The Christmas period has been very relaxed in our house this year. Years of catering for the extended family has taught us how to prepare and plan the few days to be as enjoyable, hospitable and hassle-free as possible.
We order our turkey, for the meat-eaters, well ahead of the day but other than that the food shop is done close to the holiday, with a detailed list. Whatever routine you select, just be conscious about it and decide what day you do what to reduce what can manifest as last-minute stress. Share out responsibilities.
Reducing the excess
We consciously aim not to overbuy and factor in that our visitors are often armed with chocolate treats and similar. We have definitely reduced the excess of previous years which had been known to lead to a whole month of unnecessary gorging. We buy less gifts and try to gift our time and experiences where possible.
In more recent years we have become more conscious of trying to reduce the packaging around our products, choosing organic and free-range where we can. Where possible, we buy gifts without packaging and try to use recyclable paper or gift bags. In addition, we try not to overcook to avoid food waste, one of my biggest bugbears.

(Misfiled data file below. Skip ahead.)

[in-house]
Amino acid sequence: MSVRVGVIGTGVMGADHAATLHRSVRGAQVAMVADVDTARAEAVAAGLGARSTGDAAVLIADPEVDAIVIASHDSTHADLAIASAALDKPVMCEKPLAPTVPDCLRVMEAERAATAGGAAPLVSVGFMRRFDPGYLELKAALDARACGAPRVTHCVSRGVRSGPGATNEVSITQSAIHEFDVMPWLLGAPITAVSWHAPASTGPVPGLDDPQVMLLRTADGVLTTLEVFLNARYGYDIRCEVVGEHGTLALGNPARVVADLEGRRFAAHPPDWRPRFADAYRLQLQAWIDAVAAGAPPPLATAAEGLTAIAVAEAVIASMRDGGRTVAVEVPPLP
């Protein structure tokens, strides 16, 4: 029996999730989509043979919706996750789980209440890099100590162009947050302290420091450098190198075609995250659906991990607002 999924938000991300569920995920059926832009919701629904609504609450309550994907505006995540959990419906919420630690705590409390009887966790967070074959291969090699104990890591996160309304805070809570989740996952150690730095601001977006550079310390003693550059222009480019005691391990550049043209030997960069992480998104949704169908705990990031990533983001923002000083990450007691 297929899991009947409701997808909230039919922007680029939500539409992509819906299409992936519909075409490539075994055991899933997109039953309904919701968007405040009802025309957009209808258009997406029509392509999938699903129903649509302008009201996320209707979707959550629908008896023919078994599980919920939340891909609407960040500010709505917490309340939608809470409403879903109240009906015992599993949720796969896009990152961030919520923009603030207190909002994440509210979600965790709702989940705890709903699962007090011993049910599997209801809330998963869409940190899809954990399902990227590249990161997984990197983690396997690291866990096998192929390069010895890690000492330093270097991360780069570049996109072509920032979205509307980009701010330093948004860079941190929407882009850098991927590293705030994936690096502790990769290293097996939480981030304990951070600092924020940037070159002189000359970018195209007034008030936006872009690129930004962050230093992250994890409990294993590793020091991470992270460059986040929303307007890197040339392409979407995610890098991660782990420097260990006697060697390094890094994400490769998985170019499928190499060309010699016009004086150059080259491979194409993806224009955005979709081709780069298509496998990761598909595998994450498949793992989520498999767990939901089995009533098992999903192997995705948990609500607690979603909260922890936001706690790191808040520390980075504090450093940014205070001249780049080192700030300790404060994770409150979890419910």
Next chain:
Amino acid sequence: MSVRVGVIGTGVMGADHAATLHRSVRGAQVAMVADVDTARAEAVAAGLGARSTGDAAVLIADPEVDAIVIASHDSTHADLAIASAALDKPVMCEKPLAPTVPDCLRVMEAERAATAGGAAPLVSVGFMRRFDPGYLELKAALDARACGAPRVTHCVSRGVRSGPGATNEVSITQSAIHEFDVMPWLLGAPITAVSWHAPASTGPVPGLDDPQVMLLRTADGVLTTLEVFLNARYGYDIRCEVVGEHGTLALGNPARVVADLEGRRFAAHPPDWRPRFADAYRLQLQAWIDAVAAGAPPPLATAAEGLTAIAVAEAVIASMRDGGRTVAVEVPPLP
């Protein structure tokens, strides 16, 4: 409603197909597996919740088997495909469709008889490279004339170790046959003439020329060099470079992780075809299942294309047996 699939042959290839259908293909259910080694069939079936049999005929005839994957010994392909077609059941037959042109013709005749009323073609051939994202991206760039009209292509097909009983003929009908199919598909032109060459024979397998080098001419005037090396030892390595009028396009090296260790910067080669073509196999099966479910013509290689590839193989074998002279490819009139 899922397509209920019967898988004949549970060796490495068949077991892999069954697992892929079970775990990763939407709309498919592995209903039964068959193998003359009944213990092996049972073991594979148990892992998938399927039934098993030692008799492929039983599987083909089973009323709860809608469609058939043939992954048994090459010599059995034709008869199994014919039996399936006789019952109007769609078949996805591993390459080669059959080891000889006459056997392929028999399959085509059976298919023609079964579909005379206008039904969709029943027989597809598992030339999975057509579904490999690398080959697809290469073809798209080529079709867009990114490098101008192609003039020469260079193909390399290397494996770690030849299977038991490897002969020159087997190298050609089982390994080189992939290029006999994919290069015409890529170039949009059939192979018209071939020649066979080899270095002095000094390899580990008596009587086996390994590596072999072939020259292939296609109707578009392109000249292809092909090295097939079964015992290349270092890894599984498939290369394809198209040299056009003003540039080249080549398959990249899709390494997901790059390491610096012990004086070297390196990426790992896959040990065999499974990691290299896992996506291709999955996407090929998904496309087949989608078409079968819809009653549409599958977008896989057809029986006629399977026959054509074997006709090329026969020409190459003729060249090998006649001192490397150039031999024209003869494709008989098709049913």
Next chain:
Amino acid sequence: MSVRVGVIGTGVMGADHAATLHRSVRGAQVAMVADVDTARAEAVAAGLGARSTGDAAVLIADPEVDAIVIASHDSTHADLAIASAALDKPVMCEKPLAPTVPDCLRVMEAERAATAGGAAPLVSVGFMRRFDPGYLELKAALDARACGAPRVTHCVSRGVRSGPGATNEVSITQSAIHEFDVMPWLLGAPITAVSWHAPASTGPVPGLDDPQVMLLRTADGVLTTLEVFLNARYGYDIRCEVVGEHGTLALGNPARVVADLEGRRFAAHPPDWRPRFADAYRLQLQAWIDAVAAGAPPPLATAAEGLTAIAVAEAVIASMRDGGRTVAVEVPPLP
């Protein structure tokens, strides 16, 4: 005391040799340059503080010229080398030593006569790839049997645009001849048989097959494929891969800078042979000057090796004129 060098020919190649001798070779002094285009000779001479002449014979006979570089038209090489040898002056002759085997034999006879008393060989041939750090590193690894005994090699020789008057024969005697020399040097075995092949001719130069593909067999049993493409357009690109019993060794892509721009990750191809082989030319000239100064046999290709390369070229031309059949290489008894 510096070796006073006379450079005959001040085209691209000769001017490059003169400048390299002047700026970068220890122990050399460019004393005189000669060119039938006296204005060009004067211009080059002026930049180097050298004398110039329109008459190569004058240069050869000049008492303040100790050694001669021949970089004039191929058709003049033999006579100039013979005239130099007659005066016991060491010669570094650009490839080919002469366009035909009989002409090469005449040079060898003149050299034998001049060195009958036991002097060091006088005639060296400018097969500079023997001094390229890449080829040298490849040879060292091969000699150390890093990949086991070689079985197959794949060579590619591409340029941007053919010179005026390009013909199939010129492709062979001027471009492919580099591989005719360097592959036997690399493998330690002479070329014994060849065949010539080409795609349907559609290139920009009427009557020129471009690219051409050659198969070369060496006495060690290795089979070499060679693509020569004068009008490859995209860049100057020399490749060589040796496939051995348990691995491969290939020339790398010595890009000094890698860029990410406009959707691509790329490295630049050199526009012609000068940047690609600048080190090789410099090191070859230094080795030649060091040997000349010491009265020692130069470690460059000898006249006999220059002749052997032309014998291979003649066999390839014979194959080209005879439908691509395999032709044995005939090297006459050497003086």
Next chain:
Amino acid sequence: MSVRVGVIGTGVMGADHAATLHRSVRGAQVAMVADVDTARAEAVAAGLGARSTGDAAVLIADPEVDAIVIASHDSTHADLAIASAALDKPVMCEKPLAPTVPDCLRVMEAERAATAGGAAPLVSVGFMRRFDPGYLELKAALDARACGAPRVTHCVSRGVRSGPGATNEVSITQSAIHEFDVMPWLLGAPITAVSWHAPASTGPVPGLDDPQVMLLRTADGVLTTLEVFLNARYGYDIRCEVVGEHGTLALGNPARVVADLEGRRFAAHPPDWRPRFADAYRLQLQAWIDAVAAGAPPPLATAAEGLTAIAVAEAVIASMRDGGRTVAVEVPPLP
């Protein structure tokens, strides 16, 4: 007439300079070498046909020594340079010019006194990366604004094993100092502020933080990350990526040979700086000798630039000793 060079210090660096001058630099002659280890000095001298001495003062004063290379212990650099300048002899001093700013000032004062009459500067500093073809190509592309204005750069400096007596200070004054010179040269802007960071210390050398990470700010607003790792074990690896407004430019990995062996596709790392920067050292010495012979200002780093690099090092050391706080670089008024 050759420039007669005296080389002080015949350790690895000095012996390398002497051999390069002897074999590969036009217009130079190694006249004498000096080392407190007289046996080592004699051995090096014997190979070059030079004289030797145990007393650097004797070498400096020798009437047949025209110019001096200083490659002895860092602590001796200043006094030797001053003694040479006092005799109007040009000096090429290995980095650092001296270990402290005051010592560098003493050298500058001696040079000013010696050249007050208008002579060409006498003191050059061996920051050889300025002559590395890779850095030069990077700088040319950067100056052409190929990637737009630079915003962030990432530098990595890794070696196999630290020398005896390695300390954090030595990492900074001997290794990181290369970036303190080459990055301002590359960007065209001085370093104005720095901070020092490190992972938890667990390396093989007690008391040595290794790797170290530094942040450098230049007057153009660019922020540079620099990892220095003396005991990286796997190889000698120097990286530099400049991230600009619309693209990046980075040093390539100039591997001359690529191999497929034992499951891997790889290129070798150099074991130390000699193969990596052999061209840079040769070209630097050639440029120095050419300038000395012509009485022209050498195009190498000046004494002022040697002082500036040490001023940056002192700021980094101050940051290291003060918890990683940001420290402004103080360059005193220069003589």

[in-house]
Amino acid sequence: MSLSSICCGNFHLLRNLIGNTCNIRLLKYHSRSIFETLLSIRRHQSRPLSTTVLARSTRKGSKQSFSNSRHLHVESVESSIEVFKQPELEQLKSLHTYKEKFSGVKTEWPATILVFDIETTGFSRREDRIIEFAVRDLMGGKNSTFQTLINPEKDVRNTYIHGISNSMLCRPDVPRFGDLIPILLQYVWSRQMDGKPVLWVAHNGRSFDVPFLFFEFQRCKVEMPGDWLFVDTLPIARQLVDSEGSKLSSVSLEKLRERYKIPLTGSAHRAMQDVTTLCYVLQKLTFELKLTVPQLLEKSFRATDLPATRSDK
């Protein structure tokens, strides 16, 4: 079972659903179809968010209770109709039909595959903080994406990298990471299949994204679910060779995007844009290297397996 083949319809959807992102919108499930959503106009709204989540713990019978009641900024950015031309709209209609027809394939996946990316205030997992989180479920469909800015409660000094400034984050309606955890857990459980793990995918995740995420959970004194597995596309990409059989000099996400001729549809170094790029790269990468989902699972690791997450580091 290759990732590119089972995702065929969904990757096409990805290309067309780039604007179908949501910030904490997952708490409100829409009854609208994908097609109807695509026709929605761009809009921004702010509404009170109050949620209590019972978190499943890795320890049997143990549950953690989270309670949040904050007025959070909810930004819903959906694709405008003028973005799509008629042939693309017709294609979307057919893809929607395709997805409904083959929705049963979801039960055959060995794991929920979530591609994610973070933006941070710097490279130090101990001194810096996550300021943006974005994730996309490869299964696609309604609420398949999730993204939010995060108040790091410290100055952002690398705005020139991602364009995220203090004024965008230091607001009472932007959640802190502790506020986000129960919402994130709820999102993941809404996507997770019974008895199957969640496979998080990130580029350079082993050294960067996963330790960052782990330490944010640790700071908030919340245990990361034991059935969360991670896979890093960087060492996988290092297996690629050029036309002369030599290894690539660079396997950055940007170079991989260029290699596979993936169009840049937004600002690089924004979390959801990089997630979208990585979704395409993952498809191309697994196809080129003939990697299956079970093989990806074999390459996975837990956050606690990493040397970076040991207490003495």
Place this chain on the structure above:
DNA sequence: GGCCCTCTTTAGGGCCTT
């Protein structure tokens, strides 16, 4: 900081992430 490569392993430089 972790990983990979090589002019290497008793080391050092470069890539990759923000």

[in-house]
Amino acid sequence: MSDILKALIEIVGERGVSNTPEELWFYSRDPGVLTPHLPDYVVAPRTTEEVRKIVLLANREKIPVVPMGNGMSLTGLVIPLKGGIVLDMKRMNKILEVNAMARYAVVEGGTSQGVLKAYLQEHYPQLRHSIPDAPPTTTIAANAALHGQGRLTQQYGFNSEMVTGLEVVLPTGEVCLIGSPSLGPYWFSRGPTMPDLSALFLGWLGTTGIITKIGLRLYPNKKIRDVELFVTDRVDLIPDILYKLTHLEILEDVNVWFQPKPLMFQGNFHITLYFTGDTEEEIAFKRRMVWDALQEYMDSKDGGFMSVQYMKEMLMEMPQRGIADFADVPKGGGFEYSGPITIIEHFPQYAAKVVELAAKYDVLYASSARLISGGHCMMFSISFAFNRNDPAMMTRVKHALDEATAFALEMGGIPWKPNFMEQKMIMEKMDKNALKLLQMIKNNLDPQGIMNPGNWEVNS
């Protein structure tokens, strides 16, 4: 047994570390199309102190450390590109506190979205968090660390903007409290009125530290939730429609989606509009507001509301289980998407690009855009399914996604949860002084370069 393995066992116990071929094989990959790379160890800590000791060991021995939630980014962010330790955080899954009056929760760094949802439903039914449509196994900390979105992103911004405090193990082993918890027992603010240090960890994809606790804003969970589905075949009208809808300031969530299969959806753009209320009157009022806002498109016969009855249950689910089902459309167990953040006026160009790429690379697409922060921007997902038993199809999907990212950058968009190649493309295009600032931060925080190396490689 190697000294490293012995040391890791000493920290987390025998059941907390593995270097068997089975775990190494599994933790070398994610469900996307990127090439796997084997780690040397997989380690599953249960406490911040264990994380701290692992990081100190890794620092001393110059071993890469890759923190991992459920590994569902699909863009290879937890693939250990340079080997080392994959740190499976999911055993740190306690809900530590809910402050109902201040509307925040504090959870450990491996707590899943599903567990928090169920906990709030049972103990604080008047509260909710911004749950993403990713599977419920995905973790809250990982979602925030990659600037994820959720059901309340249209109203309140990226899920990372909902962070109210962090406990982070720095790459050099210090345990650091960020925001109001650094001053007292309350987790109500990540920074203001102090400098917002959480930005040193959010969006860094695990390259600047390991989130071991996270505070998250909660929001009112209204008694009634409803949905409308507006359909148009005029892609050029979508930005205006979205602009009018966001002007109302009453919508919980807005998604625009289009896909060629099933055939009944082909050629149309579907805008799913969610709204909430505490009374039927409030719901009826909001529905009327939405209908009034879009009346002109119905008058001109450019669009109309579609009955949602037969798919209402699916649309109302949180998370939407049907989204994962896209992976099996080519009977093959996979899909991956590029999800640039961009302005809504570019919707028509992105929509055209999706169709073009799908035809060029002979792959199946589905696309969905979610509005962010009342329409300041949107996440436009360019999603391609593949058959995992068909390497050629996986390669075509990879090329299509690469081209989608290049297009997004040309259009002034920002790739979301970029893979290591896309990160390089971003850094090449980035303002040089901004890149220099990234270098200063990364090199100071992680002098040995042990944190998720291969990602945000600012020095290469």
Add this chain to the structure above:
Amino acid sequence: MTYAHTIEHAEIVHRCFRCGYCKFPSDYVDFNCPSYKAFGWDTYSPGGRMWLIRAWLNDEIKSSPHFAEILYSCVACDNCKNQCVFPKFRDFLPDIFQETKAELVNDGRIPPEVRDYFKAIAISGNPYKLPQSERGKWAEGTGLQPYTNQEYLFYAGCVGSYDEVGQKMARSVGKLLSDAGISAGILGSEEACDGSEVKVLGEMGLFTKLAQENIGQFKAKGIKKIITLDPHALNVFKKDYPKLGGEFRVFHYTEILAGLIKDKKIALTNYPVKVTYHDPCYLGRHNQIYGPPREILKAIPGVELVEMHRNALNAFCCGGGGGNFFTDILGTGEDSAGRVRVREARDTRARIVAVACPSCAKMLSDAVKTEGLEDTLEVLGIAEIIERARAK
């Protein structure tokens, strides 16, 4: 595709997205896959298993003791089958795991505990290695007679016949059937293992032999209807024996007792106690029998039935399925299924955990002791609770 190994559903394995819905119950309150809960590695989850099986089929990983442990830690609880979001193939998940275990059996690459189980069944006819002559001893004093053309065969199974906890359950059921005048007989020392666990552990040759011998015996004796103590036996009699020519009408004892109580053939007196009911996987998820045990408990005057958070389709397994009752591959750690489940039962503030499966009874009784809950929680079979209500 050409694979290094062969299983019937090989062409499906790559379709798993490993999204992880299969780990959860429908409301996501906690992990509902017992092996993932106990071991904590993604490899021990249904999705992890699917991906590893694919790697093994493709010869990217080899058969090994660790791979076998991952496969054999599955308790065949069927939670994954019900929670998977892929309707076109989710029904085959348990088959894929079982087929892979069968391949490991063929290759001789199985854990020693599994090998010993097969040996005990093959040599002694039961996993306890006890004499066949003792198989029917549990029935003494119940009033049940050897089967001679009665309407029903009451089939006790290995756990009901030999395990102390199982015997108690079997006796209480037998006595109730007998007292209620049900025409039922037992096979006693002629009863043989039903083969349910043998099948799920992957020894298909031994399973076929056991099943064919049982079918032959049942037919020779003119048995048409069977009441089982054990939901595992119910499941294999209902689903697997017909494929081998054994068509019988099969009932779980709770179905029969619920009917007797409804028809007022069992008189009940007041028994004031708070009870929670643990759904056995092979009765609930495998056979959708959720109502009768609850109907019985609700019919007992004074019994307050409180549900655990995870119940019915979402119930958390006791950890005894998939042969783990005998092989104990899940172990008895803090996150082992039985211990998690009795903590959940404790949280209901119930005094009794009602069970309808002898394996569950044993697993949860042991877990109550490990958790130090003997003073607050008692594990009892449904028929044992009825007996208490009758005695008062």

Relaxing old traditions
On Christmas Day, we gave our guests the option of choosing how many courses of Christmas dinner they wanted and everyone opted for the main meal only. This was the first Christmas lunch in my 40 plus years that we had not had a soup, prawn or pate starter but one of the most enjoyable as a result. No elasticated waist clothing required!
What this created has been a far more organised and relaxing holiday period. It is so easy to spend so much time faffing, that is, spending time doing things that really aren’t useful and reducing doing the important activities with family and friends.
You can take the same approach in your business to get more organised:
(1) spend adequate time planning, setting timelines and creating the right focus
(2) remove or reduce activities which are superfluous,
(3) question some of your traditions, consider why you have always done them to see if they can be simplified
(4) become more sustainable throughout your business practices.